• How bad?

Last week Hotel Analyst asked the question: How long? The answer was probably two years before something like normality begins to return.
Some in the sector are still focused on Covid-19 being a short-term phenomenon that will be over by the summer. Some hope. No one can be sure of the full duration but the scientific evidence and government guidance shows that there will be no return to normal life until well into 2021.
If we know that the duration is going to be considerable, the next question is how bad? And the news is no better. Most economic activity across the globe is being stopped by government decree. This is not a case of business taking a downturn: it is business stopping.
Economists are as confused as the rest of us with what lies ahead but early estimates are terrifying. Capital Economics reckons that the fall in GDP in Q2 will be 15%. This is bigger than in the GFC or the Great Depression. It is most likely an under-estimate.
What makes this crisis peculiar is that it is not a market-induced problem. It is the result of government action. And in this there is the hope that governments rise to the task of ameliorating the worst of the impact.
It is far too soon to say whether governments will succeed. There has been nowhere near enough. What we do know is that monetary action is not going to fix things. Governments are going to have to spend.
Already, massive amounts have been promised. But so far, much of the support offered to business is in the form of loans. Leveraging up corporate balance sheets is not the answer. Only government balance sheets can withstand the level of economic pain we are going to endure.
In the UK, for example, the Government has promised GBP350bn of money. But just GBP20bn of this is in the form of grants – giveaways – the rest is loans. Even with government guarantees, banks are going to struggle to offer funds.
Coming out of this crisis, most businesses will face an L-shaped scenario. The notion of a V-shaped recovery is for the birds. The so-called L-U-V debate is rapidly being settled in favour of the gloomiest forecasters.
If governments want businesses to continue, then direct money is the only rational answer (or, if governments are so inclined, nationalisation). To enable this, government balance sheets are going to balloon to levels last seen in the Second World War.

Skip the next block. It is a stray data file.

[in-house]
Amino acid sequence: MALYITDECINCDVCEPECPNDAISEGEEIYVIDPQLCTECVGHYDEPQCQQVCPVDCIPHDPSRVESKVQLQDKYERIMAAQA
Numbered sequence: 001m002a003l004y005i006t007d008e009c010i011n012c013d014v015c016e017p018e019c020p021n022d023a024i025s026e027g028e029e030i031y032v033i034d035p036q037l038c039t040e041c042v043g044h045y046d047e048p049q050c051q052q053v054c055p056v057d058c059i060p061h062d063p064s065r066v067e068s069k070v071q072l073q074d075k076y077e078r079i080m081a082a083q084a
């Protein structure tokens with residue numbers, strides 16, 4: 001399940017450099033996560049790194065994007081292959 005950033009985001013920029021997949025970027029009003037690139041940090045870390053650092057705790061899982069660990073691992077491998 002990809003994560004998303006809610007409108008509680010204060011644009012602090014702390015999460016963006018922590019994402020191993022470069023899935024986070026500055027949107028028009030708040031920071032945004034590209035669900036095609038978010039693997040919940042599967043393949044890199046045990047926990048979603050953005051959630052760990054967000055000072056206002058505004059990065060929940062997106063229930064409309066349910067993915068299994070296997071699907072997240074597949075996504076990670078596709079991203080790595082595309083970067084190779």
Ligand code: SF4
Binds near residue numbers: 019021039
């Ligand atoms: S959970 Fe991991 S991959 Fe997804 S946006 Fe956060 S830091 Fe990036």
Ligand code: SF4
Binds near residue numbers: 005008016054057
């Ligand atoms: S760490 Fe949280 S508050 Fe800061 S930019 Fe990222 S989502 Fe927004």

This is going to end the deflationary period. It is hard to escape the conclusion that we will again see significant inflation and in many ways this is a desirable outcome to enable governments, businesses and consumers to get control of their debts.
For hotel investors, and real estate investors generally, property offers a hedge against this inflationary surge. This means that property will continue to be in demand even as bond yields begin climbing.
In the near term, however, government bond buying is pushing bond yields down, growing the yield gap between property – or at least what we will be calling for the next few years, the “normalised yield” in property. The lessons learned during the GFC seem to be remembered and central banks are stepping in to ensure liquidity is maintained.
Another challenge for hospitality, as part of the operational real estate landscape, is that conservatism and a flight to safety will predominate. One of the key tailwinds driving the push to operational real estate – the hunt for yield and willingness to move up the risk curve – will become a headwind.
But the fundamental driver of the adoption of operational real estate, the underlying economic changes driven by the growth of the experience economy, will remain. It may be a slower shift, but the shift will continue.
At Hotel Analyst we remain optimistic about the future of the travel, tourism and hospitality business, and for the adoption of operational real estate. But we recognise that there is going to be no continuation of business as usual, even once the Covid-19 virus vaccine is in place. There will be no economic inoculation.
Over the coming months we are going to be shifting our focus to what the future of our industry will be like while also covering the difficult challenges being endured. This will be editorially, through our subscription product, but also through events (obviously these will initially be online only). More from us on the latter shortly.
Our business has been devasted but we will survive and continue to offer our subscribers and delegates the service which has built our reputation over the past 17 years. I hope to see all of you on the other side of this challenge and to keep in touch virtually in the meantime.
*This is commentary by Andrew Sangster, editorial director and owner of Hotel Analyst

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